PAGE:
Are you fully woke? Do you even know what woke is? Here’s why you should care.
My understanding of woke is this: a state of being in which you are fully and constantly aware of any language or action that would qualify as a transgression against an identity group using that group’s criteria for what constitutes a transgression. Presumably, possessing this wisdom, you constantly monitor your own actions and language to avoid transgressions. It’s likely that you monitor others and call them out on their transgressions.
Calling out others brings us to cancel culture. There is much discussion presently about whether cancel culture is a thing or not. Some say that it’s a thing on both the left and the right; that it’s always been a thing; that it’s intensity has been magnified by social media. Some say it’s a thing, but it’s nothing to worry about. Here’s my take on it.
I first became aware of serious leftist wokeness and cancel culture in 2019. A kerfuffle about our public library allowing a radical feminist group to use a meeting room (they reluctantly did) led me into the realm of trans activists. I’d been paying some attention to trans issues since an employee at my retirement community held a meeting to tell us about herself (non-binary), and all the letters that follow the B in LGBTQ+. I learned that in the UK, police can come to your door if someone reports you for hate speech which includes saying things like, “Trans women are not (exactly the same as natal) women.” Or, “Sex is binary.”
In the US, we are allowed to say these things without getting a call from the police. But that’s where cancel culture comes in. If you offend any identity group, a member of that group, or even a woke white person not of that group, can call you out via social media or other means for saying an offensive thing. The first example of this that I paid attention to was when JK Rowling tweeted this:
This tweet was targeted as transphobic because Maya Forstater (in the UK) had lost her employment over tweets claiming that sex is binary and refusing to refer to a Scottish politician as “she,” (a man with a beard who presented as male and had taken no steps to transition). The story is long and complicated, but Rowling did not think that Maya should have lost her job.
The goal of cancel culture is often explicit: the person should lose their job or position of authority. Depending on the status of the person who’s the target, this may succeed or not. James Bennet of The NY Times did not survive. JK Rowling might survive (because she can’t be fired), but Bari Weiss has just given up her position at The NY Times as a result of being iced out of the community of opinion writers.
Two of the more wretched examples of cancel culture succeeding are the stories of Emmanuel Cafferty and David Shor. Both ordinary citizens lost their jobs due to cancel culture. During the early days of this summer’s protests, when some were speculating that the looting and violence might work in Trump’s favor this fall, Shor tweeted a link to a peer reviewed research study by (Black researcher) Omar Wasow. In essence it concluded that peaceful protests in the 60s helped the Democrats, but violent protests worked in favor of Republicans. A woke person saw the tweet and called him out for racism (remember that at the time, news outlets were trying to downplay looting which cast protesters in a bad light). Furthermore, he sent a letter to Shor’s boss saying this person should lose his job. The boss complied and fired him. Cafferty and Shor simply didn’t have the status to survive. (Yes, these stories are true.)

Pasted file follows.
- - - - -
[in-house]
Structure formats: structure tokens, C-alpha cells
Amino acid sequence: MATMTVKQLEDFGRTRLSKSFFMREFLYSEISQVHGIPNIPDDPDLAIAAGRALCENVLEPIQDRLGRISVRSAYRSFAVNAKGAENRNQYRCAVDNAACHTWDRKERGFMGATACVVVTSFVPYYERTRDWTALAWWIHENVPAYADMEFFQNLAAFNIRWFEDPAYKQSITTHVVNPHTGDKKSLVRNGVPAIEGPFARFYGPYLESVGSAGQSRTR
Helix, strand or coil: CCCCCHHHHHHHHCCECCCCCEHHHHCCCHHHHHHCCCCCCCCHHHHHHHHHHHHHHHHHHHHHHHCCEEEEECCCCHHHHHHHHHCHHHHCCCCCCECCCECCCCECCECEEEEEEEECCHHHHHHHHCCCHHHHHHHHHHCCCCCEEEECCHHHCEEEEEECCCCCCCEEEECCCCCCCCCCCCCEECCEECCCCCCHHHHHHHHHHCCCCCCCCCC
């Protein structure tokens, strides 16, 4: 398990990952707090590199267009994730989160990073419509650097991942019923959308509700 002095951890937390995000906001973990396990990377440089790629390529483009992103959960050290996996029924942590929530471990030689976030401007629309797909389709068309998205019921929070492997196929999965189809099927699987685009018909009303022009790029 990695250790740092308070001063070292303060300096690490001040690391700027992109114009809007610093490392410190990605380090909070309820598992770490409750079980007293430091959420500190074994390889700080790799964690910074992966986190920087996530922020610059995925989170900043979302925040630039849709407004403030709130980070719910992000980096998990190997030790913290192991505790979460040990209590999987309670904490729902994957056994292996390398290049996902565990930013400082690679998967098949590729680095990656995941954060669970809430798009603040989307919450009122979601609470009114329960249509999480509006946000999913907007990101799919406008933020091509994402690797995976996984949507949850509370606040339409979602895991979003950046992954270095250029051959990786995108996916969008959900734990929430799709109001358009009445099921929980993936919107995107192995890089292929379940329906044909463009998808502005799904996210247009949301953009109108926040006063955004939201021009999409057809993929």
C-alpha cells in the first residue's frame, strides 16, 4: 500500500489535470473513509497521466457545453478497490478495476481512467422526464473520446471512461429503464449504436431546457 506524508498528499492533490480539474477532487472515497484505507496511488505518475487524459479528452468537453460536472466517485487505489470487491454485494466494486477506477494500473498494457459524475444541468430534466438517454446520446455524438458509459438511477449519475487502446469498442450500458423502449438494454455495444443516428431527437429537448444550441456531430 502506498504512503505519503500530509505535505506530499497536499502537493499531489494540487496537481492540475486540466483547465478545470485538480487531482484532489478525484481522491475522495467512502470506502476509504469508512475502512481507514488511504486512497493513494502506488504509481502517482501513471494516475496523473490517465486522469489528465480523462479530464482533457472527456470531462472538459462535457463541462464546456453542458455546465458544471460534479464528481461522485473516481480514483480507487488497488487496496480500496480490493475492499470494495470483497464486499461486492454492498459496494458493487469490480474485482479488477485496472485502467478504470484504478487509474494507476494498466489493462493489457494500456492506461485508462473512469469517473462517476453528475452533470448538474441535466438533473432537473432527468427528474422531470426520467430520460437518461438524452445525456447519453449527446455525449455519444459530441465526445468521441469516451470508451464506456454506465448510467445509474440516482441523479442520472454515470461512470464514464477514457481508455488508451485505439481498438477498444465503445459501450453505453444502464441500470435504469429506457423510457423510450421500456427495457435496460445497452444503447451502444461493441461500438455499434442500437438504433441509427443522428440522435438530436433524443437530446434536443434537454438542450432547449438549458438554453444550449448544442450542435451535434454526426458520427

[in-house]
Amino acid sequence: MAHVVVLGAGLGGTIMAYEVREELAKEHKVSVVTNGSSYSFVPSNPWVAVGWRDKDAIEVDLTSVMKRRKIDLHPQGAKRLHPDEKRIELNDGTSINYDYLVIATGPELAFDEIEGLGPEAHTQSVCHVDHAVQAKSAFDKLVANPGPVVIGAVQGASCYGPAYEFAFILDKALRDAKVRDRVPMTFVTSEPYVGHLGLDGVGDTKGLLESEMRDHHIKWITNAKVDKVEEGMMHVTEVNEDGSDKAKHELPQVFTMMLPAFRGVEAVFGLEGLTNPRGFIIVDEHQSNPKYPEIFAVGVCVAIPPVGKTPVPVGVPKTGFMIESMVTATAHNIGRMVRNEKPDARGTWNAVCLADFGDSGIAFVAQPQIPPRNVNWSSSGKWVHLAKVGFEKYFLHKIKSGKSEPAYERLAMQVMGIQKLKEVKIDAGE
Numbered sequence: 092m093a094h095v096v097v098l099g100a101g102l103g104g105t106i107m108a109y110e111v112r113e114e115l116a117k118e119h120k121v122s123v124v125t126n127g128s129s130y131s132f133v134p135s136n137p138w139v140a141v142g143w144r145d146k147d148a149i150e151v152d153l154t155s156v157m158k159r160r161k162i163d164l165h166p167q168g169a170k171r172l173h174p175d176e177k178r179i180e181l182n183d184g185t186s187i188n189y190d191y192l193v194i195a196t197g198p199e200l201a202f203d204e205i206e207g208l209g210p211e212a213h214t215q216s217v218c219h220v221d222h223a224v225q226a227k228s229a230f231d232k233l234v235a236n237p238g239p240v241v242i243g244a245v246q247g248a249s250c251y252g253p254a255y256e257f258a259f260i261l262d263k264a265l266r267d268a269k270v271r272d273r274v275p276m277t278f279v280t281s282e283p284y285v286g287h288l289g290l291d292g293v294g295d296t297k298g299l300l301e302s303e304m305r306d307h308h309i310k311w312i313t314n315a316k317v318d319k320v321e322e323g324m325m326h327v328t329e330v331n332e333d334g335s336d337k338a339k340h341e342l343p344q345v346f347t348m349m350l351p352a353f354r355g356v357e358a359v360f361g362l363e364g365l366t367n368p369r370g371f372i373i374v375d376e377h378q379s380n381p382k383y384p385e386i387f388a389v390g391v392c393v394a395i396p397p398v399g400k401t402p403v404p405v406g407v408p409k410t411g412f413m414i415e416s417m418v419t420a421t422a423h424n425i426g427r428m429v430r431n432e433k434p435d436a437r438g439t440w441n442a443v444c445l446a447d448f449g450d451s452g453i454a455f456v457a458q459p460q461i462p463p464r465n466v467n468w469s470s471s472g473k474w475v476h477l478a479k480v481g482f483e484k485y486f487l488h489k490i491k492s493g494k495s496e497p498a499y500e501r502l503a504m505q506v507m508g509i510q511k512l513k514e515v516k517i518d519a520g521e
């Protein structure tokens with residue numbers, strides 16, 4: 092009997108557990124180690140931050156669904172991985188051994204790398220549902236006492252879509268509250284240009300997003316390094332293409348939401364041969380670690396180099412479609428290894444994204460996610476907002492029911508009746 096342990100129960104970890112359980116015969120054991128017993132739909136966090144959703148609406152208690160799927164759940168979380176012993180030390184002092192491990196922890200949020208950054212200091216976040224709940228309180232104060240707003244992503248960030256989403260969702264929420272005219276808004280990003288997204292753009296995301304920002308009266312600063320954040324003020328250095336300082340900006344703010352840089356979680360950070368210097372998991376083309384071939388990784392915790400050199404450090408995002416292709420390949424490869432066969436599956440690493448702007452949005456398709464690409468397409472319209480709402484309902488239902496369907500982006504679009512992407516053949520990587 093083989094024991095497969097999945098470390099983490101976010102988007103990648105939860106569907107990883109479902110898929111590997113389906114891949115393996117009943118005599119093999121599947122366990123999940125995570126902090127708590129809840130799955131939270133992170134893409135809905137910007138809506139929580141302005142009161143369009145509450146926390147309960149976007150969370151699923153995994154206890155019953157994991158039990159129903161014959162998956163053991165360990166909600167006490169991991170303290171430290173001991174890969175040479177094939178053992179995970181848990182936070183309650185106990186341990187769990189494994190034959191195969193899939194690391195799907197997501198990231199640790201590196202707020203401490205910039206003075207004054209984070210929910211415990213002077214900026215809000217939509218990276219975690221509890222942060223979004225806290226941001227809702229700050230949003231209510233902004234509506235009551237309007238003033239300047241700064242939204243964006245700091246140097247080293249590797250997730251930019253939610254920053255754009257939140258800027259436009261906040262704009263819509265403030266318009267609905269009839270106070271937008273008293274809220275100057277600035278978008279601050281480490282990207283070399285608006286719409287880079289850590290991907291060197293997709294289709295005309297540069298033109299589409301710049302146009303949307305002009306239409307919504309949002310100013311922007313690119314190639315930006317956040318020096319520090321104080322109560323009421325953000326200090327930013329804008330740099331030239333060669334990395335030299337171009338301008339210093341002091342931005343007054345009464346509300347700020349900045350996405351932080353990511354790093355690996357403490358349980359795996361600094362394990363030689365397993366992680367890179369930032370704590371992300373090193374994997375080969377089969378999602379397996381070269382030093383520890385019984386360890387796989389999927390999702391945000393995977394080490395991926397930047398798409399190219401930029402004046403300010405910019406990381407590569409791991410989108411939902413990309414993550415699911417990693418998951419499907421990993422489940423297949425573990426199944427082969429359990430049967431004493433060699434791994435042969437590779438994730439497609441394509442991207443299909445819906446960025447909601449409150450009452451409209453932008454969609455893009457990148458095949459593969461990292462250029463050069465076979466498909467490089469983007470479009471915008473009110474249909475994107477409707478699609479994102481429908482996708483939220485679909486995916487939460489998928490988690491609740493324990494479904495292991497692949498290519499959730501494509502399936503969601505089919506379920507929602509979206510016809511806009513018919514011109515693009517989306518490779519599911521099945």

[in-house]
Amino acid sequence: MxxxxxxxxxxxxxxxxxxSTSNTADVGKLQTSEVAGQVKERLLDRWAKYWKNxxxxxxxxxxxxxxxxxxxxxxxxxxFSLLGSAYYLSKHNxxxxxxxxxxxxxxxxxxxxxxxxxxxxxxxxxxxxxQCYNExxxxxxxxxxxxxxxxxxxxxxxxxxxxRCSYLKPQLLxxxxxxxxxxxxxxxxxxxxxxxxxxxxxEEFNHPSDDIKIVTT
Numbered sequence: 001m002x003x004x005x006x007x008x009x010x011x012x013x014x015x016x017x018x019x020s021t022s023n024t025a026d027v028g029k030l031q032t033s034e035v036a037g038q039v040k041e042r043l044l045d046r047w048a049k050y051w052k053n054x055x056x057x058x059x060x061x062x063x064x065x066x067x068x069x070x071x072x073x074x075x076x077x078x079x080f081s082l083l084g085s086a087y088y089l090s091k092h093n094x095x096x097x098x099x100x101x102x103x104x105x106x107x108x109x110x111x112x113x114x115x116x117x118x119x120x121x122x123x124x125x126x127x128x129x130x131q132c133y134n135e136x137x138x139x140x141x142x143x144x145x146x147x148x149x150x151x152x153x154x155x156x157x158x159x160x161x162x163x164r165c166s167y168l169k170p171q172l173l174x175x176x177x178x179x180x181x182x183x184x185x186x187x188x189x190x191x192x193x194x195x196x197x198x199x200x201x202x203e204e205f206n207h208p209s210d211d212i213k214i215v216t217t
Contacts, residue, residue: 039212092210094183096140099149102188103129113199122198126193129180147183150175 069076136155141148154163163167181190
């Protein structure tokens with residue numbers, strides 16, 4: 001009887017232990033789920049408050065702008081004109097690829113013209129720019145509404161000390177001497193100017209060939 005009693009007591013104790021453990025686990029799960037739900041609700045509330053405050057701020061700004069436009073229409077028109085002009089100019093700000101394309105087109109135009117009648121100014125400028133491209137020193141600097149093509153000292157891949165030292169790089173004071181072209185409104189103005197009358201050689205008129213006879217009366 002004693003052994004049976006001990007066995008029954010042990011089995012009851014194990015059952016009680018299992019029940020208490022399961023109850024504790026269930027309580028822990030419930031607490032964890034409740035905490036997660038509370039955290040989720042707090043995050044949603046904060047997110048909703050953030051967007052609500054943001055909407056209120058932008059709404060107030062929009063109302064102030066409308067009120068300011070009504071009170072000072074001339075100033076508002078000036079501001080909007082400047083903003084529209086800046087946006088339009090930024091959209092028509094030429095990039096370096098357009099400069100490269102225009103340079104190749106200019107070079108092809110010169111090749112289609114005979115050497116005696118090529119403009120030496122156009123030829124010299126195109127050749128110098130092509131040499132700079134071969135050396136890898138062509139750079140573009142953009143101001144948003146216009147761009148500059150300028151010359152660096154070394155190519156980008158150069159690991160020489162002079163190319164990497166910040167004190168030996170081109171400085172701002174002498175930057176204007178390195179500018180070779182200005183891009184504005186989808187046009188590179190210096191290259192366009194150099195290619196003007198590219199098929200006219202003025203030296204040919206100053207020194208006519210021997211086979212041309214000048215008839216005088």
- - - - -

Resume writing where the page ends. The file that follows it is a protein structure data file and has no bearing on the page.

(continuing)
A more recent example is an attempt to cancel Steven Pinker for signing the Harper’s Letter. (Please read the brief letter so you’ll know what this is about.) After signing the Harper’s letter, a statement in defense of free speech, Pinker was called out for being racist and sexist. Pinker will survive, but the situation on some college campuses is chilling. Princeton is a noteworthy contemporary example, but I’ll let you read about that on your own.
Locally, Katie Herzog, now co-host of the Blocked and Reported podcast, got the chill from the local gay community after she wrote an article for The Stranger about people who de-transition. Katie was not and is not transphobic. Didn’t matter. By publicizing the fact that a few people do desist (discontinue efforts to transition) and a few people do de-transition (after transitioning), she crossed a line with trans activists. She was, and continues to be, shunned by gay “friends.”
As we move through this summer of protests, I see situations where proposals that need to be fleshed out by getting actual information are being pushed by the woke. One example: Seattle Police (accused of all manner of bad behavior during some protests) have a documented track record of making good calls when they decide whether to stop a suspicious person.* Wouldn’t know it from the people on the streets, even though differentiating regular person from suspicious person is one of the protesters’ goals. After complying with so many of the requirements of the consent decree should we simply discard the police officers in whom we’ve invested so much training?
I will not get cancelled because only ten people know I exist. But I believe wokeness is a problem. It is especially so for Democrats who seem obliged to speak “woke” to the point that they can’t defend free speech. I believe cancel culture exists and needs to be cancelled. Now that you know what’s going on, how do you feel about it?
* 99% of stops; 97% of frisks are justified. source: Seattle Police Monitor